CANBERRA (Reuters) - Australia said on Wednesday it will ask the European Union to release more than 3 million doses of AstraZeneca PLC’s COVID-19 vaccine, testing Brussels claim it is not blocking shipments, as the country struggles to vaccinate its population.
The European Union (EU) on Tuesday denied blocking vaccine shipments to Australia, which has fallen dramatically behind in its scheduled vaccination programme.
The EU said it was not responsible for AstraZeneca’s failure to uphold commitments to other countries. AstraZeneca did not immediately reply to a request for comment on Wednesday.
Prime Minister Scott Morrison said Australia was asked by the EU to withdraw export permit applications and letters requesting supplies have gone unanswered.
Morrison said if the EU was now indicating its willingness to release shipments, he would again ask for the 3.1 million doses to be released. The 3.1 million doses were scheduled to arrive in Australia by the end of March.
“We obviously want those millions of doses,” Morrison told reporters in the capital Canberra.
“Given statements made overnight, that apparently there is no obstruction to that and then I would hope that could be readily addressed.”
Morrison on Wednesday insisted he was not criticising the EU, but senior members of his government continued to blame the EU for blocking vaccines.
“They’re not giving approval is effectively the same as blocking,” Australia’s Treasurer Josh Frydenberg told Australian Broadcasting Corporation radio.
Australia says the delay in receiving the 3.1 million additional doses is why it has fallen behind in vaccinations.Only about 670,000 people have been vaccinated against an initial government target of 4 million by March-end.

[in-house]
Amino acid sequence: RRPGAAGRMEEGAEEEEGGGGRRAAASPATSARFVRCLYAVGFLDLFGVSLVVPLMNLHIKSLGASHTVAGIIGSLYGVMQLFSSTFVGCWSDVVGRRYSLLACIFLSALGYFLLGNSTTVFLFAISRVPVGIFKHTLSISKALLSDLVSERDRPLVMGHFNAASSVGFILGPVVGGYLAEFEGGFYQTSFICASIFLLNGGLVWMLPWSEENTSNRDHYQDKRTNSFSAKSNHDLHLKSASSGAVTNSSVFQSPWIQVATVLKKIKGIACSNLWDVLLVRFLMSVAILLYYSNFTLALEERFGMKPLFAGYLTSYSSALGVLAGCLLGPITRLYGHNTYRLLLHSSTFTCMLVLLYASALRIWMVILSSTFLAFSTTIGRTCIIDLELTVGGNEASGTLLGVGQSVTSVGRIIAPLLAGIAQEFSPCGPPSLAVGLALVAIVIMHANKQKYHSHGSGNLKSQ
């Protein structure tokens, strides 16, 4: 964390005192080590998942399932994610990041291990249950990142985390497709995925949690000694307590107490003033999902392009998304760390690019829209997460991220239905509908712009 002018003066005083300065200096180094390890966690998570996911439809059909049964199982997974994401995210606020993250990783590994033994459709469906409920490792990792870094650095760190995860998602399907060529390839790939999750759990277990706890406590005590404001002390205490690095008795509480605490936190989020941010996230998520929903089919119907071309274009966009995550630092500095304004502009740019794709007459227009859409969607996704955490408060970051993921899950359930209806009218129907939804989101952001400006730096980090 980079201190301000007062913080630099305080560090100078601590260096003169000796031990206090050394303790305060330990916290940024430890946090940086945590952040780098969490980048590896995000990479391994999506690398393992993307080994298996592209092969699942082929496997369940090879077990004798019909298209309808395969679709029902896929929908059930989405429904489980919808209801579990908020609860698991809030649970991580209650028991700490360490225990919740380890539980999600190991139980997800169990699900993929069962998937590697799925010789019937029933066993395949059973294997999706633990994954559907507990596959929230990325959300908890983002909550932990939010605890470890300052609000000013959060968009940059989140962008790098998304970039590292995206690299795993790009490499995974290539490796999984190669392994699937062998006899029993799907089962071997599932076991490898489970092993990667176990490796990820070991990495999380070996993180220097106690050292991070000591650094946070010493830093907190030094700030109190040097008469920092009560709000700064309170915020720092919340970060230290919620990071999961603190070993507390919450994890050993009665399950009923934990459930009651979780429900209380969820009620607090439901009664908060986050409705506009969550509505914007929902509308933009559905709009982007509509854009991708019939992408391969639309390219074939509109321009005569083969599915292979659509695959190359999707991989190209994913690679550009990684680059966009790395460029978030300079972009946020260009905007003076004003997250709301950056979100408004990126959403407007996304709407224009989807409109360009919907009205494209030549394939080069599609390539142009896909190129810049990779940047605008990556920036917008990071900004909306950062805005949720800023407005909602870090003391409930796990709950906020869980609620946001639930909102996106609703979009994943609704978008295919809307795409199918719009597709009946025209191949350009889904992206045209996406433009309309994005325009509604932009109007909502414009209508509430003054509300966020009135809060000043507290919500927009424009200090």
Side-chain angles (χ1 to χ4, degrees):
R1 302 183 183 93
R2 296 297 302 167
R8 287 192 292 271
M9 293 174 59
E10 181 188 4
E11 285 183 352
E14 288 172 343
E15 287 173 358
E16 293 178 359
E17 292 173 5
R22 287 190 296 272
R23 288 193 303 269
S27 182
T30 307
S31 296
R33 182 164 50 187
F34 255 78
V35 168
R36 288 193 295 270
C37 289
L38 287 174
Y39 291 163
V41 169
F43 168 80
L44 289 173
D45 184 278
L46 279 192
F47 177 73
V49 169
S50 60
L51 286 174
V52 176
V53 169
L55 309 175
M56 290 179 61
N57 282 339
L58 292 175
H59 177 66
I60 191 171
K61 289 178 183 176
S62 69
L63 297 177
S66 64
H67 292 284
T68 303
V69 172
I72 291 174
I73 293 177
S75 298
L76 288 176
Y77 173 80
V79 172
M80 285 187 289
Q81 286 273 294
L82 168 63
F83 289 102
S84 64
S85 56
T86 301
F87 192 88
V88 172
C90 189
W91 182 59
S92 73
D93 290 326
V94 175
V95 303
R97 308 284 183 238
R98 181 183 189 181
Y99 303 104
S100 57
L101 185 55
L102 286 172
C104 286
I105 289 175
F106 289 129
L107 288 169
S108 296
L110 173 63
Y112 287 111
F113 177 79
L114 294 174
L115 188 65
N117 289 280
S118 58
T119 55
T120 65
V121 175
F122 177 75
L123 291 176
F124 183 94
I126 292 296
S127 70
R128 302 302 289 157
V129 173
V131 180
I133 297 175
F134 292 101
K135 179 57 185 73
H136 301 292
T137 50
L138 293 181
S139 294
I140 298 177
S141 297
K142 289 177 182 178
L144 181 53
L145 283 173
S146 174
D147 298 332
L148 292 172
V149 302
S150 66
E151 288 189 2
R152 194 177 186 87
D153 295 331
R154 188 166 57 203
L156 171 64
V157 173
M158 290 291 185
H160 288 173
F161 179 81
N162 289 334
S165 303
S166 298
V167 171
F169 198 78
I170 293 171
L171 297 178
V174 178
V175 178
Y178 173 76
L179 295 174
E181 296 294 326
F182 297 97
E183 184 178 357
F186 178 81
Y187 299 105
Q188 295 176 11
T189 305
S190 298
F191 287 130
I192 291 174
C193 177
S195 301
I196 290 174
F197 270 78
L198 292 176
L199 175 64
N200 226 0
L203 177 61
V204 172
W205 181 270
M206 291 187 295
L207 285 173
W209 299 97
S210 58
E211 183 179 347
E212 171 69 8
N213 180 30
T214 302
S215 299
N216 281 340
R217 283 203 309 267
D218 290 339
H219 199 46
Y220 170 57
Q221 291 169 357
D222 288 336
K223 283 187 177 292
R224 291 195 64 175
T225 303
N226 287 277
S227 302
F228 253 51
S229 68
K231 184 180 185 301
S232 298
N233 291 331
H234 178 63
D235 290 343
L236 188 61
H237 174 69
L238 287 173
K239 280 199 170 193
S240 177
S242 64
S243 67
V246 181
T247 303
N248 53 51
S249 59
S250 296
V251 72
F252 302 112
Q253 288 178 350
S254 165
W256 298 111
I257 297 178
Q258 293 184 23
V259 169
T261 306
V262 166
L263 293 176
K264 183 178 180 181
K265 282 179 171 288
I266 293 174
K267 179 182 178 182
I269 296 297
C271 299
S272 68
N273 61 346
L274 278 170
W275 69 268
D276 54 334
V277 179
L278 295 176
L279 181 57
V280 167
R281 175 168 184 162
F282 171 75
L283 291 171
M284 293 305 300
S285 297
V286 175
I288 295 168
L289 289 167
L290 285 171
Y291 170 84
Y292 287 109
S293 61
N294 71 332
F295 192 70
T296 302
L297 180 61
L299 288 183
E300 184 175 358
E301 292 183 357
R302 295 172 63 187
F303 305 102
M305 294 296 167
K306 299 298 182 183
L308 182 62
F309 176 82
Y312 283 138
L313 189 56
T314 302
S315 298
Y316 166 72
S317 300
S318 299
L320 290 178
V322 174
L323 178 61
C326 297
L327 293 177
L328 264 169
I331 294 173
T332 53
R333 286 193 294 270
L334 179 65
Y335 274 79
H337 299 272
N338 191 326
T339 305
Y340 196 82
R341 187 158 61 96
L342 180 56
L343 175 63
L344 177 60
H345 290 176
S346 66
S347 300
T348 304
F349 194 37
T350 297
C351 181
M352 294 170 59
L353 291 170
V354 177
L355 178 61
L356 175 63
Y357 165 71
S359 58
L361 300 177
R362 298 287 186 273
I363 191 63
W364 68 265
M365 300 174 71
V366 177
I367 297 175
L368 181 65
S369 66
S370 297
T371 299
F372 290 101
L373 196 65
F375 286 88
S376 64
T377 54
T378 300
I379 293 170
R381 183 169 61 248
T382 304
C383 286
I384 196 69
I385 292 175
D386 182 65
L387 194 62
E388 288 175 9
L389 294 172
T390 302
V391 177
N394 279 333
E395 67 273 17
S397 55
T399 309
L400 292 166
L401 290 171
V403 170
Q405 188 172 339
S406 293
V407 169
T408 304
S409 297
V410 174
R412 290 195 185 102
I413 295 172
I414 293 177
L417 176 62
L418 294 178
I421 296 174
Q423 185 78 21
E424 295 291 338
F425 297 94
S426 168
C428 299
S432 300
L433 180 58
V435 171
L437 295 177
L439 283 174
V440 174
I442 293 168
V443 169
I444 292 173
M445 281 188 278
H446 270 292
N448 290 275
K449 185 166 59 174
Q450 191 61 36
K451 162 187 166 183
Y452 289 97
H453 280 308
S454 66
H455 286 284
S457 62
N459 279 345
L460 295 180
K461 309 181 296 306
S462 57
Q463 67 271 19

Australia has recorded a small number of COVID cases compared to most nations and has now eradicated the virus from its community, but its slow vaccine roll out is pressuring Morrison who is struggling in the polls a year out from the next election after a series of damaging allegations about the mistreatment of female lawmakers and staff in his Liberal party.
THE STRUGGLE TO VACCINATE
The dispute between Australia and the EU emphasises the challenge facing European nations which are struggling to vaccinate their own populations and the impact of new EU vaccine export controls on countries that had pre-ordered doses.
Australia received an initial shipment of 300,000 doses of the AstraZeneca vaccine in late February, which it said was the last it received. Last month the EU, at Italy’s request, blocked a shipment of 250,000 doses of the AstraZeneca PLC vaccine to Australia, citing vaccine shortages in Europe.
The AstraZeneca vaccine from Europe was to underpin the early stages of Australia’s vaccine drive, supplementing 50 million shots of the vaccine that will be produced locally by CSL Ltd. It has also imported doses of Pfizer Inc’s vaccine for frontline COVID workers.
Australia has recorded just over 29,000 cases and 909 deaths since the pandemic began.
Reporting by Colin Packham; Additional reporting by Jonathan Barrett; Editing by Christopher Cushing and Michael Perry
Our Standards: The Thomson Reuters Trust Principles.